1 You studied Fine Art, majoring in painting and sculpture. Tell us about your childhood and when and how you realised you would be an artist.
I knew from the time I could talk that I would do two things with my life…become an artist and help injured wildlife. I was exceptionally lucky to have had understanding parents who left me alone to develop my natural inclinations, both in art and nature. I was allowed to rifle through the garage or the embroidery cupboard to find materials I needed to create my artistic visions. They allowed me to study nature, collect shells, feathers and old birds’ nests, study bird books and go camping and hiking in the wild. I also grew up surrounded by animals, which was a crucial part of me developing an understanding that all creatures have their own personalities. This idea of each bird having its own hopes, fears, dreams and ambitions is an important element of my paintings today. I paint each bird as though they were individuals within a flock of hundreds.
2 Why are you so drawn to birds?
Birds are symbols of hope, courage, joy and freedom. They teach us about seeing life from a higher perspective. Birds make me happy.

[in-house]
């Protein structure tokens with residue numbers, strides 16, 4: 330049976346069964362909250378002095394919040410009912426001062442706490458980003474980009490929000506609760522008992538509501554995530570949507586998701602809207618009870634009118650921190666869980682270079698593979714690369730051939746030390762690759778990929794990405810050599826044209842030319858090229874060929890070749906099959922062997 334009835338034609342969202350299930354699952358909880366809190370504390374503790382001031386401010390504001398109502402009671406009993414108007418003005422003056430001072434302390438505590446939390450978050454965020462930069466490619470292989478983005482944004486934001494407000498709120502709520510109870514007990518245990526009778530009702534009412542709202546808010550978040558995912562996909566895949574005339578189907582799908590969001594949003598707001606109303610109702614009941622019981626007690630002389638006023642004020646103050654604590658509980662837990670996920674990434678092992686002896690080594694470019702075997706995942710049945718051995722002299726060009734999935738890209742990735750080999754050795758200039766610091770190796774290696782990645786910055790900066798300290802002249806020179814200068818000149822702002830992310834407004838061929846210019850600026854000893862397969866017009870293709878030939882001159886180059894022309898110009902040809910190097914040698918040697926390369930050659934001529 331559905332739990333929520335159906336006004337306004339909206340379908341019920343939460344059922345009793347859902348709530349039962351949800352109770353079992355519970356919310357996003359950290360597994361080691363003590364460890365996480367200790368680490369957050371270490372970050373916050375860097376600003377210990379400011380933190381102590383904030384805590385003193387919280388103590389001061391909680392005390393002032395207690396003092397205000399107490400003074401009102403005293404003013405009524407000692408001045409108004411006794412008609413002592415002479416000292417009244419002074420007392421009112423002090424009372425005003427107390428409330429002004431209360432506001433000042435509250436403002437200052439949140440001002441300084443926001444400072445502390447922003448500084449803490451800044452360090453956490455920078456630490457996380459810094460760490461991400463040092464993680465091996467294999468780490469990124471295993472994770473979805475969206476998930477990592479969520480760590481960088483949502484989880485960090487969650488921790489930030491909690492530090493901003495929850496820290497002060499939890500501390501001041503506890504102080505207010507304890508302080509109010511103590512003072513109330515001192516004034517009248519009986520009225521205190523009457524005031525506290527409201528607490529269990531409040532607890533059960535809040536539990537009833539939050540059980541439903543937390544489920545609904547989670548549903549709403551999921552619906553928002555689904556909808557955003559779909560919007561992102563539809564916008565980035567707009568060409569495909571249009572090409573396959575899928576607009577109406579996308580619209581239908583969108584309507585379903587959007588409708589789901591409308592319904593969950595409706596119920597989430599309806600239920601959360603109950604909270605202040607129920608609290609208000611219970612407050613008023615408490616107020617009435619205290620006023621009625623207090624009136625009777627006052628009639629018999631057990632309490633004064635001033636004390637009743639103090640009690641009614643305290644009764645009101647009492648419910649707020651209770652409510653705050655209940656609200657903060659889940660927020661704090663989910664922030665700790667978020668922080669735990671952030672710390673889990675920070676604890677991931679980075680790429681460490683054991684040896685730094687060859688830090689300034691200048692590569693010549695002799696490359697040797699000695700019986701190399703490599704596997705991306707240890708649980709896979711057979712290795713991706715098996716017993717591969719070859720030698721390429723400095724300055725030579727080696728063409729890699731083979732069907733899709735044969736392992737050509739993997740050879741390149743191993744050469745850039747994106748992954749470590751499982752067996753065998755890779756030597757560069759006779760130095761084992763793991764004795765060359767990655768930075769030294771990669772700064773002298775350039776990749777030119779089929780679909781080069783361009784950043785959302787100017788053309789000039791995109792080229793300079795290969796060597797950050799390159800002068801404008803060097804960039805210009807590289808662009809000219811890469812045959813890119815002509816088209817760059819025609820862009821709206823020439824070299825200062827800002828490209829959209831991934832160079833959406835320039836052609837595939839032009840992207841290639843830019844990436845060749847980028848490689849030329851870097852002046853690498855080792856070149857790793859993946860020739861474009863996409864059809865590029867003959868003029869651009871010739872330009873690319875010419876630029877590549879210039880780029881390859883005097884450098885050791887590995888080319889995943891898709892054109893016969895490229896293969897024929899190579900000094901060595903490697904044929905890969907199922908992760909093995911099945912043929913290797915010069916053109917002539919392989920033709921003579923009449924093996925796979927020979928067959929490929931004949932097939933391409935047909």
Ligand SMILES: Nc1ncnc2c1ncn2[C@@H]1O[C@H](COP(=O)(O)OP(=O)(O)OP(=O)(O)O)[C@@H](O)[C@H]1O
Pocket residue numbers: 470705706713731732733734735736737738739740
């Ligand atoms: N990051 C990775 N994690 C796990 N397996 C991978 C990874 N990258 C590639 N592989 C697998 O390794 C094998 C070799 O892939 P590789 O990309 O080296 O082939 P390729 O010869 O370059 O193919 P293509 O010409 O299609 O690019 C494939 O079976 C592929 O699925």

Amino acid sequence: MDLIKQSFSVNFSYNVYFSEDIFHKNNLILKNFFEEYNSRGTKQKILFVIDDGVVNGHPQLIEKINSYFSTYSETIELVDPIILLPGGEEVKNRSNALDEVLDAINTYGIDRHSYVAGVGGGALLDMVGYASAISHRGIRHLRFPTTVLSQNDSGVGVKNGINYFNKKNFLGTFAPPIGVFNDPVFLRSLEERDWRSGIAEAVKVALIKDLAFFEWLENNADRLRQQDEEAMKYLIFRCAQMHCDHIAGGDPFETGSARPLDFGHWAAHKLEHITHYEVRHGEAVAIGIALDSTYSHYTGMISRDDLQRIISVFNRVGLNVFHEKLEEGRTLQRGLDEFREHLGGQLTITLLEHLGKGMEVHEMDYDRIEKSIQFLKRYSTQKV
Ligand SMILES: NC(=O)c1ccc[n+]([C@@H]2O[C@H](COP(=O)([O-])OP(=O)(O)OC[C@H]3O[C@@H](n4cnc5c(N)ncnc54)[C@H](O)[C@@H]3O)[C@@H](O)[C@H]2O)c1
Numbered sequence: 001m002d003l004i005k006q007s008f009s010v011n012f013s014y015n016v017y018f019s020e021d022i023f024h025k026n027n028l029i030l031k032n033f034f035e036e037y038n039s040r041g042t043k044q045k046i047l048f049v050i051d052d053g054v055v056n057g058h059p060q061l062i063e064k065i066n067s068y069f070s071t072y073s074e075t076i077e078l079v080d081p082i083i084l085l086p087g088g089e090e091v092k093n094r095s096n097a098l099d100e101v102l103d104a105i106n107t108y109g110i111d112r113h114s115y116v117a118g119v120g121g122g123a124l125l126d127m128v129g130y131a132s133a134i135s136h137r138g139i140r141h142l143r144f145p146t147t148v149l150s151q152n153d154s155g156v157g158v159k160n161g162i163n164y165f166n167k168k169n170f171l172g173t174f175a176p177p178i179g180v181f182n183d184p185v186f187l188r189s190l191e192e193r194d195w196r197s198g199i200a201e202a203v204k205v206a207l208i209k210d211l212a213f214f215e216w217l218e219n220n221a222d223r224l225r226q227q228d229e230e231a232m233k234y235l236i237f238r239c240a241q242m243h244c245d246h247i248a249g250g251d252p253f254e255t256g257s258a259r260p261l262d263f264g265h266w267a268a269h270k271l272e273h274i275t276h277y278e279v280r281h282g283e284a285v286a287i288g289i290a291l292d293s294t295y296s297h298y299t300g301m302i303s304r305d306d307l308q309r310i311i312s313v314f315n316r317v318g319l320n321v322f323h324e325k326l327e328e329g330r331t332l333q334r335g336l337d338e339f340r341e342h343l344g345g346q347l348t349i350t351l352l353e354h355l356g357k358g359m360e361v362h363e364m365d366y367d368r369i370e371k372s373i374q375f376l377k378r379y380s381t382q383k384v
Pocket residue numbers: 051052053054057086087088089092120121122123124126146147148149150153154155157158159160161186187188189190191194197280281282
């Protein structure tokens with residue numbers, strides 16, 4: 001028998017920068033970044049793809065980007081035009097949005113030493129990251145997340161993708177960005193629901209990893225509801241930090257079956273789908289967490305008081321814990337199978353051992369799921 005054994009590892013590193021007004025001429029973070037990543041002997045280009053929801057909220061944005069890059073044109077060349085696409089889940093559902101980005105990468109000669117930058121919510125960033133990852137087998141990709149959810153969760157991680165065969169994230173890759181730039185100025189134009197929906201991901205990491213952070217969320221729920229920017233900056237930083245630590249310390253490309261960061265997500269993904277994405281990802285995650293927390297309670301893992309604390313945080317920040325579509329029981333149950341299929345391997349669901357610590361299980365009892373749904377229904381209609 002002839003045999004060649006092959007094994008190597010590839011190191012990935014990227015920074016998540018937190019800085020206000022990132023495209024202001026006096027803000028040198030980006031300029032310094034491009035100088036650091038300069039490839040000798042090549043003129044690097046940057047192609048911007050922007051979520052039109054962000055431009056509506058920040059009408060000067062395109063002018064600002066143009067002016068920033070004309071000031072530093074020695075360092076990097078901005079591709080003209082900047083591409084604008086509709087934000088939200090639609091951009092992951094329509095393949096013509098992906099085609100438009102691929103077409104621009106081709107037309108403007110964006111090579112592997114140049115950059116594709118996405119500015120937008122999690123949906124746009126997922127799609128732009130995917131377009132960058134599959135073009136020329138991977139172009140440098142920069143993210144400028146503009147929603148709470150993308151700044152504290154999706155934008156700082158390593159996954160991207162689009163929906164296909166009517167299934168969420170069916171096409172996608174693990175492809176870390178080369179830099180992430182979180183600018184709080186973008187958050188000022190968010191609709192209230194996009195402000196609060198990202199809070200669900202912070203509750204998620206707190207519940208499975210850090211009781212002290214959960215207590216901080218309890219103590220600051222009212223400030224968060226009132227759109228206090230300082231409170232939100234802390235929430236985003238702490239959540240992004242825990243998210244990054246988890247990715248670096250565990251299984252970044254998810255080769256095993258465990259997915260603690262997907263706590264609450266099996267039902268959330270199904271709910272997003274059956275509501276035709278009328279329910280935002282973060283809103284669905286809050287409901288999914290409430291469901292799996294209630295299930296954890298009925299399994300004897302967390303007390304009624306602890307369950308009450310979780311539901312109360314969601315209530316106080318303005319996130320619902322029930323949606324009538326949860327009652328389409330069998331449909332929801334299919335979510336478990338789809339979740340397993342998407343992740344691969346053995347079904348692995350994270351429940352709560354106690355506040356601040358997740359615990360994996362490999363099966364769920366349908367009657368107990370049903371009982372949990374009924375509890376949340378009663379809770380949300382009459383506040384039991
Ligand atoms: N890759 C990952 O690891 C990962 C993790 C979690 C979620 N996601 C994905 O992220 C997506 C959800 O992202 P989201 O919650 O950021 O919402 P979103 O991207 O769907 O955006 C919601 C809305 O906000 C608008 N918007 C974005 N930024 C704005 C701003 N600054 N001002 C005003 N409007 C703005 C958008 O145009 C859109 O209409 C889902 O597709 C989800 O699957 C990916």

3 Tell me about your work in wildlife conservation after your studies? Where does your love for nature come from? Tell us a bit about the work you did and the different countries you lived in. After completing my honours in Fine Art, in both painting and sculpture, I moved to Swaziland where I began studying Nature Conservation. I had every intention of completing my nature conservation studies, but found myself surrounded by the fascinating world of wildlife rehabilitation. I consequently dropped my studies and became fully immersed in wildlife rehabilitation. Over the course of my life I have hand-reared everything from baboon to owls, and was even responsible for the care of cheetah in Botswana. Part of my wildlife rehabilitation duties included working closely with nature conservation and wildlife veterinarians, assisting in the rescue, rehabilitation, release and monitoring of wildlife. Working closely with birds lead to me studying their physical appearances, which I now utilise in my paintings.
4 How and why did you end up living on the North Coast? Tell us about your life here.
My husband and I were drawn to Ballito because of its wild, lush coastal forests, the huge trees, warm ocean and abundant bird life. Our family consists of myself, my husband, two dogs and a menagerie of rebellious pets including a cockatiel called Cheese Cake. My hobbies include snorkelling, hiking and Qi Gong (a form of internal martial arts). I am currently training for a 250km hike called the Tankwa Camino.
5 Do you have any advice for young, up-and-coming artists?
My advice to younger artists would be to paint what you love. If you do this is will show in your work. Be original and be brave. Find your own voice, but be disciplined.
6 Where can we view your work?
In Toto Gallery (www.intotogallery.co.za), Kim Donaldson Gallery (kimdonaldsongallery.com), Call of Africa’s Native Visions Galleries (www.nativevisions.com) and The Green Gallery (thegreengallery.com).
Text: Leah Shone
Get It Magazine (Ballito/Umhlanga) March 2018